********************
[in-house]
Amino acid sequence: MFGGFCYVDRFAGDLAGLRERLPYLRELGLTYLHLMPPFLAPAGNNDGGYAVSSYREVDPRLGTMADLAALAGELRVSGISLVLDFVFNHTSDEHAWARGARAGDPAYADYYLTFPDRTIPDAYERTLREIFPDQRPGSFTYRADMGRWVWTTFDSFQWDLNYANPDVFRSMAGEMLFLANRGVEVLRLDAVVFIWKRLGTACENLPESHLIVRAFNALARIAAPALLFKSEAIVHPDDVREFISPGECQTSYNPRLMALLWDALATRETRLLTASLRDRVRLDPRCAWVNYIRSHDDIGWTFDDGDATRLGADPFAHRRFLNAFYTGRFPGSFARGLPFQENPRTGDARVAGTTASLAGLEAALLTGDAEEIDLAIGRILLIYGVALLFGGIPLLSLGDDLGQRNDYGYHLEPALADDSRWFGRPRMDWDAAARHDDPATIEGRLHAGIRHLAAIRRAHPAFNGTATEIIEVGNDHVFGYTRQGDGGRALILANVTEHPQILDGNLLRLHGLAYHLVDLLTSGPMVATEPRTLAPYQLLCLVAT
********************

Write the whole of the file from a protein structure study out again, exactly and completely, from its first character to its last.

[in-house]
Amino acid sequence: MFGGFCYVDRFAGDLAGLRERLPYLRELGLTYLHLMPPFLAPAGNNDGGYAVSSYREVDPRLGTMADLAALAGELRVSGISLVLDFVFNHTSDEHAWARGARAGDPAYADYYLTFPDRTIPDAYERTLREIFPDQRPGSFTYRADMGRWVWTTFDSFQWDLNYANPDVFRSMAGEMLFLANRGVEVLRLDAVVFIWKRLGTACENLPESHLIVRAFNALARIAAPALLFKSEAIVHPDDVREFISPGECQTSYNPRLMALLWDALATRETRLLTASLRDRVRLDPRCAWVNYIRSHDDIGWTFDDGDATRLGADPFAHRRFLNAFYTGRFPGSFARGLPFQENPRTGDARVAGTTASLAGLEAALLTGDAEEIDLAIGRILLIYGVALLFGGIPLLSLGDDLGQRNDYGYHLEPALADDSRWFGRPRMDWDAAARHDDPATIEGRLHAGIRHLAAIRRAHPAFNGTATEIIEVGNDHVFGYTRQGDGGRALILANVTEHPQILDGNLLRLHGLAYHLVDLLTSGPMVATEPRTLAPYQLLCLVAT